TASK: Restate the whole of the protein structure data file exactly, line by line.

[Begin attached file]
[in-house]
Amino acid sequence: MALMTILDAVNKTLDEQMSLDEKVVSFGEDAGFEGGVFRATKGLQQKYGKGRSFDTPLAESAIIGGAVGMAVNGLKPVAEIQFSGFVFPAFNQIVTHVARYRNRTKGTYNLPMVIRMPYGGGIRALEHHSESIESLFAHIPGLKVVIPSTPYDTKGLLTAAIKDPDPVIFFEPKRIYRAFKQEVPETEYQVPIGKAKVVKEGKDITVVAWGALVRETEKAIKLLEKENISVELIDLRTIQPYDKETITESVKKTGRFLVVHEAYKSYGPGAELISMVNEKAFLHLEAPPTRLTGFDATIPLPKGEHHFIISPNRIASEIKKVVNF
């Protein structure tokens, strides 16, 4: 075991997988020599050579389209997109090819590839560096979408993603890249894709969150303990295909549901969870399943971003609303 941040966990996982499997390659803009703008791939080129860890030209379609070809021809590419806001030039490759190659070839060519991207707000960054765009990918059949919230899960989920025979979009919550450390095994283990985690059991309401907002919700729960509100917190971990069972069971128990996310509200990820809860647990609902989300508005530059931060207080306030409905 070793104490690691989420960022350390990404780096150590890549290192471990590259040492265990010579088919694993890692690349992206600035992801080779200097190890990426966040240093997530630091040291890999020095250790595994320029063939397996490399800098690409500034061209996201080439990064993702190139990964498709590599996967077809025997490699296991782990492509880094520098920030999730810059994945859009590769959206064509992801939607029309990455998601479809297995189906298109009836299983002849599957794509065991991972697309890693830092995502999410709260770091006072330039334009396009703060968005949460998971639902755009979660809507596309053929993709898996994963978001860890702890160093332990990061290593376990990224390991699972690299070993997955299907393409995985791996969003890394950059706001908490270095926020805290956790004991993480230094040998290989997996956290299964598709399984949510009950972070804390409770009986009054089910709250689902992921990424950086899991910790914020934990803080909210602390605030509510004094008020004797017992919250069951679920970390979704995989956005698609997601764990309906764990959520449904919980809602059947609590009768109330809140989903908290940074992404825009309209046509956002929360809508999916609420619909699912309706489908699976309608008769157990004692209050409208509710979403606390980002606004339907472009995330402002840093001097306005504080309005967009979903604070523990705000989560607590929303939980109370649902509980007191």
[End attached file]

[in-house]
Amino acid sequence: MALMTILDAVNKTLDEQMSLDEKVVSFGEDAGFEGGVFRATKGLQQKYGKGRSFDTPLAESAIIGGAVGMAVNGLKPVAEIQFSGFVFPAFNQIVTHVARYRNRTKGTYNLPMVIRMPYGGGIRALEHHSESIESLFAHIPGLKVVIPSTPYDTKGLLTAAIKDPDPVIFFEPKRIYRAFKQEVPETEYQVPIGKAKVVKEGKDITVVAWGALVRETEKAIKLLEKENISVELIDLRTIQPYDKETITESVKKTGRFLVVHEAYKSYGPGAELISMVNEKAFLHLEAPPTRLTGFDATIPLPKGEHHFIISPNRIASEIKKVVNF
């Protein structure tokens, strides 16, 4: 075991997988020599050579389209997109090819590839560096979408993603890249894709969150303990295909549901969870399943971003609303 941040966990996982499997390659803009703008791939080129860890030209379609070809021809590419806001030039490759190659070839060519991207707000960054765009990918059949919230899960989920025979979009919550450390095994283990985690059991309401907002919700729960509100917190971990069972069971128990996310509200990820809860647990609902989300508005530059931060207080306030409905 070793104490690691989420960022350390990404780096150590890549290192471990590259040492265990010579088919694993890692690349992206600035992801080779200097190890990426966040240093997530630091040291890999020095250790595994320029063939397996490399800098690409500034061209996201080439990064993702190139990964498709590599996967077809025997490699296991782990492509880094520098920030999730810059994945859009590769959206064509992801939607029309990455998601479809297995189906298109009836299983002849599957794509065991991972697309890693830092995502999410709260770091006072330039334009396009703060968005949460998971639902755009979660809507596309053929993709898996994963978001860890702890160093332990990061290593376990990224390991699972690299070993997955299907393409995985791996969003890394950059706001908490270095926020805290956790004991993480230094040998290989997996956290299964598709399984949510009950972070804390409770009986009054089910709250689902992921990424950086899991910790914020934990803080909210602390605030509510004094008020004797017992919250069951679920970390979704995989956005698609997601764990309906764990959520449904919980809602059947609590009768109330809140989903908290940074992404825009309209046509956002929360809508999916609420619909699912309706489908699976309608008769157990004692209050409208509710979403606390980002606004339907472009995330402002840093001097306005504080309005967009979903604070523990705000989560607590929303939980109370649902509980007191």